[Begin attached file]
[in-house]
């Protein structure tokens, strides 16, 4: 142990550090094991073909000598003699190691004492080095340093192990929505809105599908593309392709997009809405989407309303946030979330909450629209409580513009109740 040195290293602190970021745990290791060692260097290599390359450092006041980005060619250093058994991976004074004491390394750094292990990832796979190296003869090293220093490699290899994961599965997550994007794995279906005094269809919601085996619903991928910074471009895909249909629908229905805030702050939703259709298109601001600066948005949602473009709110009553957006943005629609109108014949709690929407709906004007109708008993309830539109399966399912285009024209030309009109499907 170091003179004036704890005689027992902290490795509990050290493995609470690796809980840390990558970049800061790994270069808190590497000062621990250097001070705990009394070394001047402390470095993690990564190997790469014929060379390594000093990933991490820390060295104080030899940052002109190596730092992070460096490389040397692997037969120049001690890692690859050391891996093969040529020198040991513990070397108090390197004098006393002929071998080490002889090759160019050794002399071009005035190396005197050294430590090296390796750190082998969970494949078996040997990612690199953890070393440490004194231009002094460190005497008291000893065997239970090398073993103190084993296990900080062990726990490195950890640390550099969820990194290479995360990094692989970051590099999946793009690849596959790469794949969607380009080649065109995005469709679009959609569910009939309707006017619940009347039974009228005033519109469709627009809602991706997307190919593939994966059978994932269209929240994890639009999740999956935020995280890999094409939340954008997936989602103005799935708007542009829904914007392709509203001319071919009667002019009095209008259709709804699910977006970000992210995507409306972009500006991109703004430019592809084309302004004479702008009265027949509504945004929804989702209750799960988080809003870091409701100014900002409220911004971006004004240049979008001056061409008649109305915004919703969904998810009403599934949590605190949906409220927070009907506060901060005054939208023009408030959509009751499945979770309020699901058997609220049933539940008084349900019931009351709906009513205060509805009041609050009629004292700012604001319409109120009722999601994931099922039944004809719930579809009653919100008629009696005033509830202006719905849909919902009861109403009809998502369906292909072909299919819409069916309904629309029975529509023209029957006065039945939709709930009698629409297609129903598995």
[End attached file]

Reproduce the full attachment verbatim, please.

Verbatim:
[in-house]
């Protein structure tokens, strides 16, 4: 142990550090094991073909000598003699190691004492080095340093192990929505809105599908593309392709997009809405989407309303946030979330909450629209409580513009109740 040195290293602190970021745990290791060692260097290599390359450092006041980005060619250093058994991976004074004491390394750094292990990832796979190296003869090293220093490699290899994961599965997550994007794995279906005094269809919601085996619903991928910074471009895909249909629908229905805030702050939703259709298109601001600066948005949602473009709110009553957006943005629609109108014949709690929407709906004007109708008993309830539109399966399912285009024209030309009109499907 170091003179004036704890005689027992902290490795509990050290493995609470690796809980840390990558970049800061790994270069808190590497000062621990250097001070705990009394070394001047402390470095993690990564190997790469014929060379390594000093990933991490820390060295104080030899940052002109190596730092992070460096490389040397692997037969120049001690890692690859050391891996093969040529020198040991513990070397108090390197004098006393002929071998080490002889090759160019050794002399071009005035190396005197050294430590090296390796750190082998969970494949078996040997990612690199953890070393440490004194231009002094460190005497008291000893065997239970090398073993103190084993296990900080062990726990490195950890640390550099969820990194290479995360990094692989970051590099999946793009690849596959790469794949969607380009080649065109995005469709679009959609569910009939309707006017619940009347039974009228005033519109469709627009809602991706997307190919593939994966059978994932269209929240994890639009999740999956935020995280890999094409939340954008997936989602103005799935708007542009829904914007392709509203001319071919009667002019009095209008259709709804699910977006970000992210995507409306972009500006991109703004430019592809084309302004004479702008009265027949509504945004929804989702209750799960988080809003870091409701100014900002409220911004971006004004240049979008001056061409008649109305915004919703969904998810009403599934949590605190949906409220927070009907506060901060005054939208023009408030959509009751499945979770309020699901058997609220049933539940008084349900019931009351709906009513205060509805009041609050009629004292700012604001319409109120009722999601994931099922039944004809719930579809009653919100008629009696005033509830202006719905849909919902009861109403009809998502369906292909072909299919819409069916309904629309029975529509023209029957006065039945939709709930009698629409297609129903598995």